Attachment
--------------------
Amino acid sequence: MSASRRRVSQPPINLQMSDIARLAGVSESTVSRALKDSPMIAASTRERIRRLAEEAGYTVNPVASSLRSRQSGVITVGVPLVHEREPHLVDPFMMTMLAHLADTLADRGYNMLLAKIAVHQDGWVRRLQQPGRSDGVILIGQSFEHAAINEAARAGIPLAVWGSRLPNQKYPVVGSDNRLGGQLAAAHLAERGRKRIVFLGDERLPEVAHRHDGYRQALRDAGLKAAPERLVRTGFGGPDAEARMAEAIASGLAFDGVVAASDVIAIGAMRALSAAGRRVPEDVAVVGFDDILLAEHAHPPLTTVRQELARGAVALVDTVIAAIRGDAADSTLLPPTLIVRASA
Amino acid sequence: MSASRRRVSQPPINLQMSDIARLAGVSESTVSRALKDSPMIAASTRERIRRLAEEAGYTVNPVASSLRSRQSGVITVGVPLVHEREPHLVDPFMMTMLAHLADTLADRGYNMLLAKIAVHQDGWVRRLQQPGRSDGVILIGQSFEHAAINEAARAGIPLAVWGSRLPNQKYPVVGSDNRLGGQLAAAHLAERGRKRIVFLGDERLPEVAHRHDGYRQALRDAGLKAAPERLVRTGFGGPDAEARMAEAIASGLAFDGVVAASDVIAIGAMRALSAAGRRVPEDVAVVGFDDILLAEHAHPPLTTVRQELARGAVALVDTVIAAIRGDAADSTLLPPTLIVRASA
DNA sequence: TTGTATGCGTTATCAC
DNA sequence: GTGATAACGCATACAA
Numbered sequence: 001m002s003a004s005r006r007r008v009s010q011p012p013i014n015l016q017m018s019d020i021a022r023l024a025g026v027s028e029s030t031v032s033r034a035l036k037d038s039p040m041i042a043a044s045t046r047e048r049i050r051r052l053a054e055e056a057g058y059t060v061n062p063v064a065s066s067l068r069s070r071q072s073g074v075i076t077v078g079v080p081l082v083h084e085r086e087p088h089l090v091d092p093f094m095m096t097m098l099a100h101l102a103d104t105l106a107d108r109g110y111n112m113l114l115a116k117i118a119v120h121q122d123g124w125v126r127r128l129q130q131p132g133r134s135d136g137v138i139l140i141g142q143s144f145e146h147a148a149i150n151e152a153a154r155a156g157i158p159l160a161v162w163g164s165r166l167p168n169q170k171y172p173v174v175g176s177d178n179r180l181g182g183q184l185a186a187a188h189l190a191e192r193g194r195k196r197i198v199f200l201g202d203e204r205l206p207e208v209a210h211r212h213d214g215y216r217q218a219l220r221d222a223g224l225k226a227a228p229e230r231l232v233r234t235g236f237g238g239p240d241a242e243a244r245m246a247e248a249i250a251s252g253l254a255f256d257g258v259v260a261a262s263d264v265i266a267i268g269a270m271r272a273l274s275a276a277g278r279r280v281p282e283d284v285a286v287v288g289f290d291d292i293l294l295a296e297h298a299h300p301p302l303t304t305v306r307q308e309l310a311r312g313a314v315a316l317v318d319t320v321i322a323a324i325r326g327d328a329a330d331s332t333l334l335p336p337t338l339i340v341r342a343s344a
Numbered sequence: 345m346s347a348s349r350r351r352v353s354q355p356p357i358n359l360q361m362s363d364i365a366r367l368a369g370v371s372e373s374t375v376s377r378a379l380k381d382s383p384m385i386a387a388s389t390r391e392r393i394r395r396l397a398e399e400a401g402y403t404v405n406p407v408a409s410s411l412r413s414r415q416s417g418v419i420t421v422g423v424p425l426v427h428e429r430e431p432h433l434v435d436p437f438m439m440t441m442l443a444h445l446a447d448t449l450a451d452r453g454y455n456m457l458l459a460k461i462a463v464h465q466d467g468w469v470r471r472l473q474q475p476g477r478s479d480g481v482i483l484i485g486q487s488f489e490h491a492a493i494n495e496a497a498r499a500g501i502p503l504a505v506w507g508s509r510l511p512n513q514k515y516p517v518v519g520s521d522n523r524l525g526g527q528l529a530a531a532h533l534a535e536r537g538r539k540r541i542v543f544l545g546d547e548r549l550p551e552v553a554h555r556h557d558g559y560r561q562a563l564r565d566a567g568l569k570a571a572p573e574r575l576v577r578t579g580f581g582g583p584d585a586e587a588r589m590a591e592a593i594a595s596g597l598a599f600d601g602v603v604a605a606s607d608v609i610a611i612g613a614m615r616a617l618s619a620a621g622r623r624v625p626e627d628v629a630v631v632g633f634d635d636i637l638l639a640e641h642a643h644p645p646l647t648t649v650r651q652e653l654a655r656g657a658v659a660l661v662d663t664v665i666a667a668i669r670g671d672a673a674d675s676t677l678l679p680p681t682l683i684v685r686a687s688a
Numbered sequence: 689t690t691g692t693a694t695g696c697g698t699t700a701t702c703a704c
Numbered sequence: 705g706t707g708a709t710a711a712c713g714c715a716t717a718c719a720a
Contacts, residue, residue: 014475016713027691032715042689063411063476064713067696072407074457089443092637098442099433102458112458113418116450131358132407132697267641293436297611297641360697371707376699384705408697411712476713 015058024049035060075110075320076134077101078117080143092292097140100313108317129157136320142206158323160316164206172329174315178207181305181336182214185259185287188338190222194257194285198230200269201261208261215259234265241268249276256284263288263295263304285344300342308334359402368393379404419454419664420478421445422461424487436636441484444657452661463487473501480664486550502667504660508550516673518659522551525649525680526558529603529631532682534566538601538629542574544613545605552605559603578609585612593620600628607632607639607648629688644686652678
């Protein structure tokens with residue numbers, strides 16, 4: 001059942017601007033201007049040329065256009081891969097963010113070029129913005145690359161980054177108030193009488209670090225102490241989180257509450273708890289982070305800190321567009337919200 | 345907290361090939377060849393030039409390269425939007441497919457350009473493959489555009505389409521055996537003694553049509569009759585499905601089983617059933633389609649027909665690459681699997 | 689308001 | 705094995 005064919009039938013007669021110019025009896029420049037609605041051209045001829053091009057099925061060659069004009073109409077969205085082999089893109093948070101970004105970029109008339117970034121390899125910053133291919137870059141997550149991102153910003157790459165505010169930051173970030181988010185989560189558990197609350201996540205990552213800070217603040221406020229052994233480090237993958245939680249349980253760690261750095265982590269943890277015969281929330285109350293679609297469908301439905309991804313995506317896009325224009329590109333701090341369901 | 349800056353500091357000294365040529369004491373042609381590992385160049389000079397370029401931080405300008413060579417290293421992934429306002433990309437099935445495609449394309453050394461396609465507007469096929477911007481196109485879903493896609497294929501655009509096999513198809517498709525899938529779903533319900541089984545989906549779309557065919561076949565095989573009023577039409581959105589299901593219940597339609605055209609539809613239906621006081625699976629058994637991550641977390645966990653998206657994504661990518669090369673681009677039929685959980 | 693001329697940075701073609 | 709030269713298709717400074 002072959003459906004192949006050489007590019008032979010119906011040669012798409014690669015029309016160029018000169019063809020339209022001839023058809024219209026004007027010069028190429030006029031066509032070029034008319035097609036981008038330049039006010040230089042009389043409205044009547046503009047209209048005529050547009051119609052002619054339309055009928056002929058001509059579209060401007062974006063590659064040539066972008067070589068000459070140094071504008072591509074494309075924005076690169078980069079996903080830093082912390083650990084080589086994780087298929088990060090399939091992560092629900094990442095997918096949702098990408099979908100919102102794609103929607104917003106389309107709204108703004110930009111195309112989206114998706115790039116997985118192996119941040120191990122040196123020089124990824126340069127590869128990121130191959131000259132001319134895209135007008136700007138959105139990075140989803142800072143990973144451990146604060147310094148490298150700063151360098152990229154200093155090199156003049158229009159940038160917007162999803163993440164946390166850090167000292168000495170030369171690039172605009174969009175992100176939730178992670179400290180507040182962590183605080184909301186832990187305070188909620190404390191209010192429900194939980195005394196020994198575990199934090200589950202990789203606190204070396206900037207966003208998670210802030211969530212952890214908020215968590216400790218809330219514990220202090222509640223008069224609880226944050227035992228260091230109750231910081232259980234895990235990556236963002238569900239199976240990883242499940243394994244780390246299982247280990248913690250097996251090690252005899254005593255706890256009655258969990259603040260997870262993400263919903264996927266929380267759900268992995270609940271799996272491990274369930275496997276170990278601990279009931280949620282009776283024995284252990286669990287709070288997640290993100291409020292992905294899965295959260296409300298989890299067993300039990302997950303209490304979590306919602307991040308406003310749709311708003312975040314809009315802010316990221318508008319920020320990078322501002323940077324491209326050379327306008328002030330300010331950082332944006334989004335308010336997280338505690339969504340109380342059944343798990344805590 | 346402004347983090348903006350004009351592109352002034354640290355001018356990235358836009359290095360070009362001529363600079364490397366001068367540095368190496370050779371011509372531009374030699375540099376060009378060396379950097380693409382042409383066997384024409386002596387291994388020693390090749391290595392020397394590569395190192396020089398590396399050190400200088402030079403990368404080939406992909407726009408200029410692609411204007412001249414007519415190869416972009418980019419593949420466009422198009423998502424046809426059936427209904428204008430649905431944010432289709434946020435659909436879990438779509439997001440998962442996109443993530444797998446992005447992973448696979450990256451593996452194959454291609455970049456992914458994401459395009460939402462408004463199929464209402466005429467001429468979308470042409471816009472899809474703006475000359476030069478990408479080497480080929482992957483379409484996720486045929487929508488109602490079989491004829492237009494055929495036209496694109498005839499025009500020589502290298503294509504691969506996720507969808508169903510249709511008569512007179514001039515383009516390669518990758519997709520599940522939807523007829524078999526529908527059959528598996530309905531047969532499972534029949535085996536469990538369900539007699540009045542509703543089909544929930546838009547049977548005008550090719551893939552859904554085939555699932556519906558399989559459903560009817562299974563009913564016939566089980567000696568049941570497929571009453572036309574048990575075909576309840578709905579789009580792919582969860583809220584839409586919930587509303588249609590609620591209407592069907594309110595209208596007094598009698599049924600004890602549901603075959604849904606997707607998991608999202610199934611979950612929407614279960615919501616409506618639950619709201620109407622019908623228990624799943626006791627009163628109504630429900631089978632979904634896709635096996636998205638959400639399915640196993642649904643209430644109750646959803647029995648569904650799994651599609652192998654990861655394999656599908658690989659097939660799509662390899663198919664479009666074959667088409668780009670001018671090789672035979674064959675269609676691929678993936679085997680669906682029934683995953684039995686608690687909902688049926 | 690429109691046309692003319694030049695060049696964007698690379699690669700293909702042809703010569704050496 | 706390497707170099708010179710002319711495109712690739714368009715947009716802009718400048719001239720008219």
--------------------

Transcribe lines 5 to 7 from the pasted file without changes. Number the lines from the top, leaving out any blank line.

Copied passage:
Numbered sequence: 001m002s003a004s005r006r007r008v009s010q011p012p013i014n015l016q017m018s019d020i021a022r023l024a025g026v027s028e029s030t031v032s033r034a035l036k037d038s039p040m041i042a043a044s045t046r047e048r049i050r051r052l053a054e055e056a057g058y059t060v061n062p063v064a065s066s067l068r069s070r071q072s073g074v075i076t077v078g079v080p081l082v083h084e085r086e087p088h089l090v091d092p093f094m095m096t097m098l099a100h101l102a103d104t105l106a107d108r109g110y111n112m113l114l115a116k117i118a119v120h121q122d123g124w125v126r127r128l129q130q131p132g133r134s135d136g137v138i139l140i141g142q143s144f145e146h147a148a149i150n151e152a153a154r155a156g157i158p159l160a161v162w163g164s165r166l167p168n169q170k171y172p173v174v175g176s177d178n179r180l181g182g183q184l185a186a187a188h189l190a191e192r193g194r195k196r197i198v199f200l201g202d203e204r205l206p207e208v209a210h211r212h213d214g215y216r217q218a219l220r221d222a223g224l225k226a227a228p229e230r231l232v233r234t235g236f237g238g239p240d241a242e243a244r245m246a247e248a249i250a251s252g253l254a255f256d257g258v259v260a261a262s263d264v265i266a267i268g269a270m271r272a273l274s275a276a277g278r279r280v281p282e283d284v285a286v287v288g289f290d291d292i293l294l295a296e297h298a299h300p301p302l303t304t305v306r307q308e309l310a311r312g313a314v315a316l317v318d319t320v321i322a323a324i325r326g327d328a329a330d331s332t333l334l335p336p337t338l339i340v341r342a343s344a
Numbered sequence: 345m346s347a348s349r350r351r352v353s354q355p356p357i358n359l360q361m362s363d364i365a366r367l368a369g370v371s372e373s374t375v376s377r378a379l380k381d382s383p384m385i386a387a388s389t390r391e392r393i394r395r396l397a398e399e400a401g402y403t404v405n406p407v408a409s410s411l412r413s414r415q416s417g418v419i420t421v422g423v424p425l426v427h428e429r430e431p432h433l434v435d436p437f438m439m440t441m442l443a444h445l446a447d448t449l450a451d452r453g454y455n456m457l458l459a460k461i462a463v464h465q466d467g468w469v470r471r472l473q474q475p476g477r478s479d480g481v482i483l484i485g486q487s488f489e490h491a492a493i494n495e496a497a498r499a500g501i502p503l504a505v506w507g508s509r510l511p512n513q514k515y516p517v518v519g520s521d522n523r524l525g526g527q528l529a530a531a532h533l534a535e536r537g538r539k540r541i542v543f544l545g546d547e548r549l550p551e552v553a554h555r556h557d558g559y560r561q562a563l564r565d566a567g568l569k570a571a572p573e574r575l576v577r578t579g580f581g582g583p584d585a586e587a588r589m590a591e592a593i594a595s596g597l598a599f600d601g602v603v604a605a606s607d608v609i610a611i612g613a614m615r616a617l618s619a620a621g622r623r624v625p626e627d628v629a630v631v632g633f634d635d636i637l638l639a640e641h642a643h644p645p646l647t648t649v650r651q652e653l654a655r656g657a658v659a660l661v662d663t664v665i666a667a668i669r670g671d672a673a674d675s676t677l678l679p680p681t682l683i684v685r686a687s688a
Numbered sequence: 689t690t691g692t693a694t695g696c697g698t699t700a701t702c703a704c